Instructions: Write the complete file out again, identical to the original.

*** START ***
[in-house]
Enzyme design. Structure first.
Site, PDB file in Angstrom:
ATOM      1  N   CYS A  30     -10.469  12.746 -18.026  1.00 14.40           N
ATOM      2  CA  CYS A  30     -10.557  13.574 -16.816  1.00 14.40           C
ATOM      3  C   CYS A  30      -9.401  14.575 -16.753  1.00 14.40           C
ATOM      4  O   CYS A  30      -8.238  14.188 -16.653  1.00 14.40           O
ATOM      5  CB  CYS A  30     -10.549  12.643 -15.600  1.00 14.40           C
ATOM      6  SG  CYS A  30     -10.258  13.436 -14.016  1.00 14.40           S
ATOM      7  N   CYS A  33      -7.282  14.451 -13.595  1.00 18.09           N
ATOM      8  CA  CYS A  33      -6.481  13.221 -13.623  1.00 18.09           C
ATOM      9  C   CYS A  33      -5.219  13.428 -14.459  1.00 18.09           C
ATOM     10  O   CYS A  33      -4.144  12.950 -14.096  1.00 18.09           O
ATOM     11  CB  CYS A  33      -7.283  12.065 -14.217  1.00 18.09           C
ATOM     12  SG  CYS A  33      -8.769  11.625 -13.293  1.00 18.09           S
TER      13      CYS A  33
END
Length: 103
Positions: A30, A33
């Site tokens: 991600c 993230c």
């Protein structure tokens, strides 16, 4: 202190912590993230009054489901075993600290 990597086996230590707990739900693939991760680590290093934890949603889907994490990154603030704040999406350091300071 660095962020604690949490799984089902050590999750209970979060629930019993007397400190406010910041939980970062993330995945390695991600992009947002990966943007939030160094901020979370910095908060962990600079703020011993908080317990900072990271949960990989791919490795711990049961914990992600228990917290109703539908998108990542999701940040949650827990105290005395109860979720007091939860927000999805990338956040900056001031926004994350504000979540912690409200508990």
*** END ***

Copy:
[in-house]
Enzyme design. Structure first.
Site, PDB file in Angstrom:
ATOM      1  N   CYS A  30     -10.469  12.746 -18.026  1.00 14.40           N
ATOM      2  CA  CYS A  30     -10.557  13.574 -16.816  1.00 14.40           C
ATOM      3  C   CYS A  30      -9.401  14.575 -16.753  1.00 14.40           C
ATOM      4  O   CYS A  30      -8.238  14.188 -16.653  1.00 14.40           O
ATOM      5  CB  CYS A  30     -10.549  12.643 -15.600  1.00 14.40           C
ATOM      6  SG  CYS A  30     -10.258  13.436 -14.016  1.00 14.40           S
ATOM      7  N   CYS A  33      -7.282  14.451 -13.595  1.00 18.09           N
ATOM      8  CA  CYS A  33      -6.481  13.221 -13.623  1.00 18.09           C
ATOM      9  C   CYS A  33      -5.219  13.428 -14.459  1.00 18.09           C
ATOM     10  O   CYS A  33      -4.144  12.950 -14.096  1.00 18.09           O
ATOM     11  CB  CYS A  33      -7.283  12.065 -14.217  1.00 18.09           C
ATOM     12  SG  CYS A  33      -8.769  11.625 -13.293  1.00 18.09           S
TER      13      CYS A  33
END
Length: 103
Positions: A30, A33
């Site tokens: 991600c 993230c």
């Protein structure tokens, strides 16, 4: 202190912590993230009054489901075993600290 990597086996230590707990739900693939991760680590290093934890949603889907994490990154603030704040999406350091300071 660095962020604690949490799984089902050590999750209970979060629930019993007397400190406010910041939980970062993330995945390695991600992009947002990966943007939030160094901020979370910095908060962990600079703020011993908080317990900072990271949960990989791919490795711990049961914990992600228990917290109703539908998108990542999701940040949650827990105290005395109860979720007091939860927000999805990338956040900056001031926004994350504000979540912690409200508990």